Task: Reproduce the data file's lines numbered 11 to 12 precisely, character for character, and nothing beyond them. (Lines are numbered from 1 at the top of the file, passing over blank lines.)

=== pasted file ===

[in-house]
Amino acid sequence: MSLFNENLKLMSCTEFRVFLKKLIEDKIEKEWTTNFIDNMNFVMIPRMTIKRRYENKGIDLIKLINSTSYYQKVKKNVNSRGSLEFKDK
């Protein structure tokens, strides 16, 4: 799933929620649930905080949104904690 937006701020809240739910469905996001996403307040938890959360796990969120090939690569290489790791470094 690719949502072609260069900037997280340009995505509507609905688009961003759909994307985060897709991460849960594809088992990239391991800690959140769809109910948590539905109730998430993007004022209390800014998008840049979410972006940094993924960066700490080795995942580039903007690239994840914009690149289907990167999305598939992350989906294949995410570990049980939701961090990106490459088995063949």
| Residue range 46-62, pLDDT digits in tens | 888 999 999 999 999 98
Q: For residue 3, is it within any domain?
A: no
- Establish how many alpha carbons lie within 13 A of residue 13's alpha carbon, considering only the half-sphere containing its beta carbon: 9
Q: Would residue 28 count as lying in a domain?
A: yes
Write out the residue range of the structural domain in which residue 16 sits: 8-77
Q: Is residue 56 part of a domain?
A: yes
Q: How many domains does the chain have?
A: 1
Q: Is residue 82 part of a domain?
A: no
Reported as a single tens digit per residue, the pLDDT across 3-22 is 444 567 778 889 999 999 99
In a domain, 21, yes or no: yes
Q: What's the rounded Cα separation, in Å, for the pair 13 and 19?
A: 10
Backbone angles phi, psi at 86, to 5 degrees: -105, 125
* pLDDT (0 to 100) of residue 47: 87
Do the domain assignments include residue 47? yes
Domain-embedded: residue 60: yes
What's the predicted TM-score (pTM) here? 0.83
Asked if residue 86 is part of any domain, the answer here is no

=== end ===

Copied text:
Q: Is residue 56 part of a domain?
A: yes